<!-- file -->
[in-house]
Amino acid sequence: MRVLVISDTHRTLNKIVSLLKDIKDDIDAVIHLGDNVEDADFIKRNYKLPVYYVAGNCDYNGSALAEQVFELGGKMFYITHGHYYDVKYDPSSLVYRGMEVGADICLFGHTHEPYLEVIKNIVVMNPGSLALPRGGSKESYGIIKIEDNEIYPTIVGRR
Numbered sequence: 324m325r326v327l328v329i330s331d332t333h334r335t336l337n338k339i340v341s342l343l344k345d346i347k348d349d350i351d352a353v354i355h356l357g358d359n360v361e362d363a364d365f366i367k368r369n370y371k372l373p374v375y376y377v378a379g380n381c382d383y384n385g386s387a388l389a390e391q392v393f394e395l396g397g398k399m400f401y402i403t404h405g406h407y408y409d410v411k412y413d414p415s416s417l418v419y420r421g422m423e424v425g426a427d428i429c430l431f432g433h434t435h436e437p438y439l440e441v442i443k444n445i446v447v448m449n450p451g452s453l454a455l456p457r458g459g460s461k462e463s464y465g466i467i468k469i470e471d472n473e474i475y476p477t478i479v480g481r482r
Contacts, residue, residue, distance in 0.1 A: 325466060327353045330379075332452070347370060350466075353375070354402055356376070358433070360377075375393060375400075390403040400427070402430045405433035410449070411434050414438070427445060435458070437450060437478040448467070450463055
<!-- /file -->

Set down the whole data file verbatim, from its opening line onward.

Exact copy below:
[in-house]
Amino acid sequence: MRVLVISDTHRTLNKIVSLLKDIKDDIDAVIHLGDNVEDADFIKRNYKLPVYYVAGNCDYNGSALAEQVFELGGKMFYITHGHYYDVKYDPSSLVYRGMEVGADICLFGHTHEPYLEVIKNIVVMNPGSLALPRGGSKESYGIIKIEDNEIYPTIVGRR
Numbered sequence: 324m325r326v327l328v329i330s331d332t333h334r335t336l337n338k339i340v341s342l343l344k345d346i347k348d349d350i351d352a353v354i355h356l357g358d359n360v361e362d363a364d365f366i367k368r369n370y371k372l373p374v375y376y377v378a379g380n381c382d383y384n385g386s387a388l389a390e391q392v393f394e395l396g397g398k399m400f401y402i403t404h405g406h407y408y409d410v411k412y413d414p415s416s417l418v419y420r421g422m423e424v425g426a427d428i429c430l431f432g433h434t435h436e437p438y439l440e441v442i443k444n445i446v447v448m449n450p451g452s453l454a455l456p457r458g459g460s461k462e463s464y465g466i467i468k469i470e471d472n473e474i475y476p477t478i479v480g481r482r
Contacts, residue, residue, distance in 0.1 A: 325466060327353045330379075332452070347370060350466075353375070354402055356376070358433070360377075375393060375400075390403040400427070402430045405433035410449070411434050414438070427445060435458070437450060437478040448467070450463055